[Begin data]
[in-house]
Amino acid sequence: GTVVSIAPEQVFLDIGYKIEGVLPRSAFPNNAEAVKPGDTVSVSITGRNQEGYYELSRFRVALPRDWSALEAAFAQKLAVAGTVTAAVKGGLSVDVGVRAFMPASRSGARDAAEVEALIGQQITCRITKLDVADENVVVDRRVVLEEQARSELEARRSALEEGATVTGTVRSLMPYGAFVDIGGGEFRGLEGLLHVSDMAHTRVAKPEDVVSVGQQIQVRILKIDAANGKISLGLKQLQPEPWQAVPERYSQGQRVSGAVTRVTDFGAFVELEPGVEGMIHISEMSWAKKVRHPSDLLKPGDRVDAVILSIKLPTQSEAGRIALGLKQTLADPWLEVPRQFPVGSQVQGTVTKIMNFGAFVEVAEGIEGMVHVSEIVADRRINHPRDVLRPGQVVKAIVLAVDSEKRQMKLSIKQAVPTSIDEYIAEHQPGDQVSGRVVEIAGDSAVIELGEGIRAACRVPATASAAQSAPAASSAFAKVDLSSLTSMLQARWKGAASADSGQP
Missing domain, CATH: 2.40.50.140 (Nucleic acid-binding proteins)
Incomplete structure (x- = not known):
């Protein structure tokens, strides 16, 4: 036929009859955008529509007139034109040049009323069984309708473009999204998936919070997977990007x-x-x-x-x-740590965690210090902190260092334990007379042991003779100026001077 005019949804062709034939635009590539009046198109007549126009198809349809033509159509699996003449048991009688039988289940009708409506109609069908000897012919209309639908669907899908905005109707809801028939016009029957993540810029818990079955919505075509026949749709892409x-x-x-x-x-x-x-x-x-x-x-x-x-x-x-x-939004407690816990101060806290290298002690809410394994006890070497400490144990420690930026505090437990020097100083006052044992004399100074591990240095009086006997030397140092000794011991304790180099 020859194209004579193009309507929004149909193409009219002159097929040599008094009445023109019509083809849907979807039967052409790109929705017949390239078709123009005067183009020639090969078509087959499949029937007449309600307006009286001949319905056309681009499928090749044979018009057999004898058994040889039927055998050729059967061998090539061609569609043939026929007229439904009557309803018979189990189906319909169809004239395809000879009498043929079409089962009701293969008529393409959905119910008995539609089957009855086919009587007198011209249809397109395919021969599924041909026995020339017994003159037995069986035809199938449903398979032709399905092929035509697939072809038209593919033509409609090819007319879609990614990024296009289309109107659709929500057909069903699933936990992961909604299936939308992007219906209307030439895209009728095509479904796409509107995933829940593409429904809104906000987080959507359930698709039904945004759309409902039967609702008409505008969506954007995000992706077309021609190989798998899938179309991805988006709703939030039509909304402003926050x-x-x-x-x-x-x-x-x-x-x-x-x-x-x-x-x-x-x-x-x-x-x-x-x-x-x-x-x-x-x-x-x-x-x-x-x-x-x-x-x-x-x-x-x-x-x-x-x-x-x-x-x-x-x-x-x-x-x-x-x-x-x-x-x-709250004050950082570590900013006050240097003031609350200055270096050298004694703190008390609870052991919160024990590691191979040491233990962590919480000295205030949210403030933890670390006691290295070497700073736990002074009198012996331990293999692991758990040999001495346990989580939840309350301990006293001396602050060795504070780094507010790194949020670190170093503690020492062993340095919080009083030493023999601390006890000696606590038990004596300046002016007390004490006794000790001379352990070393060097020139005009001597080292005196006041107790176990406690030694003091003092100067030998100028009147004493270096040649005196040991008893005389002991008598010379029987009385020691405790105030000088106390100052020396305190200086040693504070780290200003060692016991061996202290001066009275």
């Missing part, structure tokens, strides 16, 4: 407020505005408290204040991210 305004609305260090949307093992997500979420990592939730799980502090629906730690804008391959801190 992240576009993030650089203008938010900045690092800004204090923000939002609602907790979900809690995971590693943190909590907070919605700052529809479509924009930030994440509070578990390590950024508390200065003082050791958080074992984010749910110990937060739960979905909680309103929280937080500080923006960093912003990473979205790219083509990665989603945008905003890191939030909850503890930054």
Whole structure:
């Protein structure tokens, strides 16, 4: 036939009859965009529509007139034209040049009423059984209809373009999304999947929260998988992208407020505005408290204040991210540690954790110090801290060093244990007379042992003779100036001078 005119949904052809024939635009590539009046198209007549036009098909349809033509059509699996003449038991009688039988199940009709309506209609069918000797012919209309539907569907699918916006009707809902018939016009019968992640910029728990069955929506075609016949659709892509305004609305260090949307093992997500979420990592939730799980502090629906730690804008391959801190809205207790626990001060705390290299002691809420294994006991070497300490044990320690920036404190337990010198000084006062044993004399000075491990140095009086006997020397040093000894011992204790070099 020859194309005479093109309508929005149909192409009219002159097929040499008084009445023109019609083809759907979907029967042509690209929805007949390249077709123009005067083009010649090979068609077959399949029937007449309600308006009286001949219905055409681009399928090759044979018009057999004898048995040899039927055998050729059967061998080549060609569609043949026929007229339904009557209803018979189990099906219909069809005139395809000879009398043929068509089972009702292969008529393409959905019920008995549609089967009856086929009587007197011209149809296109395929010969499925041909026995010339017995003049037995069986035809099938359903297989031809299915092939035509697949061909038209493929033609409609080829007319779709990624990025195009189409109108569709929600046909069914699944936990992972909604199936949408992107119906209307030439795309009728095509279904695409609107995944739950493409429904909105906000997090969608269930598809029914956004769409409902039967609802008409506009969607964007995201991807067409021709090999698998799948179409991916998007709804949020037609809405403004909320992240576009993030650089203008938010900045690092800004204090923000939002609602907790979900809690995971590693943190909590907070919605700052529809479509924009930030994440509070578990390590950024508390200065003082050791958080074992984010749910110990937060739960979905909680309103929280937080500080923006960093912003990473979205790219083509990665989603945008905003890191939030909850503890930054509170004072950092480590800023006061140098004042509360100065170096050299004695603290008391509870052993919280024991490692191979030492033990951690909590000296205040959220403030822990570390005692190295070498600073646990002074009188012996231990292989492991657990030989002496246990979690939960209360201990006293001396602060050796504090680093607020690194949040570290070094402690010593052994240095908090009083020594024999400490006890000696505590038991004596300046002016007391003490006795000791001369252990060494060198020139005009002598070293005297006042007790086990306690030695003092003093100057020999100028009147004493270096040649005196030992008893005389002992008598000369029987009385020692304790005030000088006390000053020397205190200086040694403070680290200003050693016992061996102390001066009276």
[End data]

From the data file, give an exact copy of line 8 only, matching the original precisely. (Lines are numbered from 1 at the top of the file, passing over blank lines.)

């Protein structure tokens, strides 16, 4: 036939009859965009529509007139034209040049009423059984209809373009999304999947929260998988992208407020505005408290204040991210540690954790110090801290060093244990007379042992003779100036001078 005119949904052809024939635009590539009046198209007549036009098909349809033509059509699996003449038991009688039988199940009709309506209609069918000797012919209309539907569907699918916006009707809902018939016009019968992640910029728990069955929506075609016949659709892509305004609305260090949307093992997500979420990592939730799980502090629906730690804008391959801190809205207790626990001060705390290299002691809420294994006991070497300490044990320690920036404190337990010198000084006062044993004399000075491990140095009086006997020397040093000894011992204790070099 020859194309005479093109309508929005149909192409009219002159097929040499008084009445023109019609083809759907979907029967042509690209929805007949390249077709123009005067083009010649090979068609077959399949029937007449309600308006009286001949219905055409681009399928090759044979018009057999004898048995040899039927055998050729059967061998080549060609569609043949026929007229339904009557209803018979189990099906219909069809005139395809000879009398043929068509089972009702292969008529393409959905019920008995549609089967009856086929009587007197011209149809296109395929010969499925041909026995010339017995003049037995069986035809099938359903297989031809299915092939035509697949061909038209493929033609409609080829007319779709990624990025195009189409109108569709929600046909069914699944936990992972909604199936949408992107119906209307030439795309009728095509279904695409609107995944739950493409429904909105906000997090969608269930598809029914956004769409409902039967609802008409506009969607964007995201991807067409021709090999698998799948179409991916998007709804949020037609809405403004909320992240576009993030650089203008938010900045690092800004204090923000939002609602907790979900809690995971590693943190909590907070919605700052529809479509924009930030994440509070578990390590950024508390200065003082050791958080074992984010749910110990937060739960979905909680309103929280937080500080923006960093912003990473979205790219083509990665989603945008905003890191939030909850503890930054509170004072950092480590800023006061140098004042509360100065170096050299004695603290008391509870052993919280024991490692191979030492033990951690909590000296205040959220403030822990570390005692190295070498600073646990002074009188012996231990292989492991657990030989002496246990979690939960209360201990006293001396602060050796504090680093607020690194949040570290070094402690010593052994240095908090009083020594024999400490006890000696505590038991004596300046002016007391003490006795000791001369252990060494060198020139005009002598070293005297006042007790086990306690030695003092003093100057020999100028009147004493270096040649005196030992008893005389002992008598000369029987009385020692304790005030000088006390000053020397205190200086040694403070680290200003050693016992061996102390001066009276």